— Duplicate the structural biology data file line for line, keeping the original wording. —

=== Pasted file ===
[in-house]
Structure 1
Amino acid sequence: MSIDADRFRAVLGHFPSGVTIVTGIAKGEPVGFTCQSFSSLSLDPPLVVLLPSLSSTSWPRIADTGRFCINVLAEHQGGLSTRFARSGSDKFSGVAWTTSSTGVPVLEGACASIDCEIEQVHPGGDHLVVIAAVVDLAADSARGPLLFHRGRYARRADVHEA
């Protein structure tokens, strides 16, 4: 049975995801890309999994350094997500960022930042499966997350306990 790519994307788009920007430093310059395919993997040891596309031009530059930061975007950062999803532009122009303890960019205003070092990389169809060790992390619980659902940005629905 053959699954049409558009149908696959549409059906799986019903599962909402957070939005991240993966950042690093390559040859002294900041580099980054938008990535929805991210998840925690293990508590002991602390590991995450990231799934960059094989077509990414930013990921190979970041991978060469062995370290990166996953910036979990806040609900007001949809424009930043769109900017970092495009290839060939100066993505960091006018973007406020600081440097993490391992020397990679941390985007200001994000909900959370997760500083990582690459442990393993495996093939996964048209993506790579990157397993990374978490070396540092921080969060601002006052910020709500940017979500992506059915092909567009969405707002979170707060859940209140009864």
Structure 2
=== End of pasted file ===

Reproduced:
[in-house]
Structure 1
Amino acid sequence: MSIDADRFRAVLGHFPSGVTIVTGIAKGEPVGFTCQSFSSLSLDPPLVVLLPSLSSTSWPRIADTGRFCINVLAEHQGGLSTRFARSGSDKFSGVAWTTSSTGVPVLEGACASIDCEIEQVHPGGDHLVVIAAVVDLAADSARGPLLFHRGRYARRADVHEA
């Protein structure tokens, strides 16, 4: 049975995801890309999994350094997500960022930042499966997350306990 790519994307788009920007430093310059395919993997040891596309031009530059930061975007950062999803532009122009303890960019205003070092990389169809060790992390619980659902940005629905 053959699954049409558009149908696959549409059906799986019903599962909402957070939005991240993966950042690093390559040859002294900041580099980054938008990535929805991210998840925690293990508590002991602390590991995450990231799934960059094989077509990414930013990921190979970041991978060469062995370290990166996953910036979990806040609900007001949809424009930043769109900017970092495009290839060939100066993505960091006018973007406020600081440097993490391992020397990679941390985007200001994000909900959370997760500083990582690459442990393993495996093939996964048209993506790579990157397993990374978490070396540092921080969060601002006052910020709500940017979500992506059915092909567009969405707002979170707060859940209140009864």
Structure 2